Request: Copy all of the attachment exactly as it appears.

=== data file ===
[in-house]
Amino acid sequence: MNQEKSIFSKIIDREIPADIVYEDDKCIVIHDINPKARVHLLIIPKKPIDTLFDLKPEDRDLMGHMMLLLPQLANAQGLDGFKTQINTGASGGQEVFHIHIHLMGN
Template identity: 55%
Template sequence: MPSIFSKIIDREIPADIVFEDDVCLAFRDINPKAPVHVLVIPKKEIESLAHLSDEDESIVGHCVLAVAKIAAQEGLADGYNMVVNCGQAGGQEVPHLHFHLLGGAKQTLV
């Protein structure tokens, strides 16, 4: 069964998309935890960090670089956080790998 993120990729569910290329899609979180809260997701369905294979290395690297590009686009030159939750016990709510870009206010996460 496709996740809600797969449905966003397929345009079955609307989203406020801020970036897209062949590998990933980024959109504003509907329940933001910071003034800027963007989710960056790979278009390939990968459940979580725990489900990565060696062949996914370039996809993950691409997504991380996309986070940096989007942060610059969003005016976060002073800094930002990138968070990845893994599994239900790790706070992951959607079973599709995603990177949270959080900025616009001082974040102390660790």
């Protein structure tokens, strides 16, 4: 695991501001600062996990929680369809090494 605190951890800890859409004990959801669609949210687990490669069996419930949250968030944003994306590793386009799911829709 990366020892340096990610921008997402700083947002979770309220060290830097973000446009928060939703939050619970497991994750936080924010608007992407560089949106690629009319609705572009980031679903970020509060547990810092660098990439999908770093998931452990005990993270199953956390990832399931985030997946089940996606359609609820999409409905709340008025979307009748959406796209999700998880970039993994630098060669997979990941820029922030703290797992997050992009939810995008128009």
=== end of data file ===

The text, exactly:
[in-house]
Amino acid sequence: MNQEKSIFSKIIDREIPADIVYEDDKCIVIHDINPKARVHLLIIPKKPIDTLFDLKPEDRDLMGHMMLLLPQLANAQGLDGFKTQINTGASGGQEVFHIHIHLMGN
Template identity: 55%
Template sequence: MPSIFSKIIDREIPADIVFEDDVCLAFRDINPKAPVHVLVIPKKEIESLAHLSDEDESIVGHCVLAVAKIAAQEGLADGYNMVVNCGQAGGQEVPHLHFHLLGGAKQTLV
């Protein structure tokens, strides 16, 4: 069964998309935890960090670089956080790998 993120990729569910290329899609979180809260997701369905294979290395690297590009686009030159939750016990709510870009206010996460 496709996740809600797969449905966003397929345009079955609307989203406020801020970036897209062949590998990933980024959109504003509907329940933001910071003034800027963007989710960056790979278009390939990968459940979580725990489900990565060696062949996914370039996809993950691409997504991380996309986070940096989007942060610059969003005016976060002073800094930002990138968070990845893994599994239900790790706070992951959607079973599709995603990177949270959080900025616009001082974040102390660790």
């Protein structure tokens, strides 16, 4: 695991501001600062996990929680369809090494 605190951890800890859409004990959801669609949210687990490669069996419930949250968030944003994306590793386009799911829709 990366020892340096990610921008997402700083947002979770309220060290830097973000446009928060939703939050619970497991994750936080924010608007992407560089949106690629009319609705572009980031679903970020509060547990810092660098990439999908770093998931452990005990993270199953956390990832399931985030997946089940996606359609609820999409409905709340008025979307009748959406796209999700998880970039993994630098060669997979990941820029922030703290797992997050992009939810995008128009």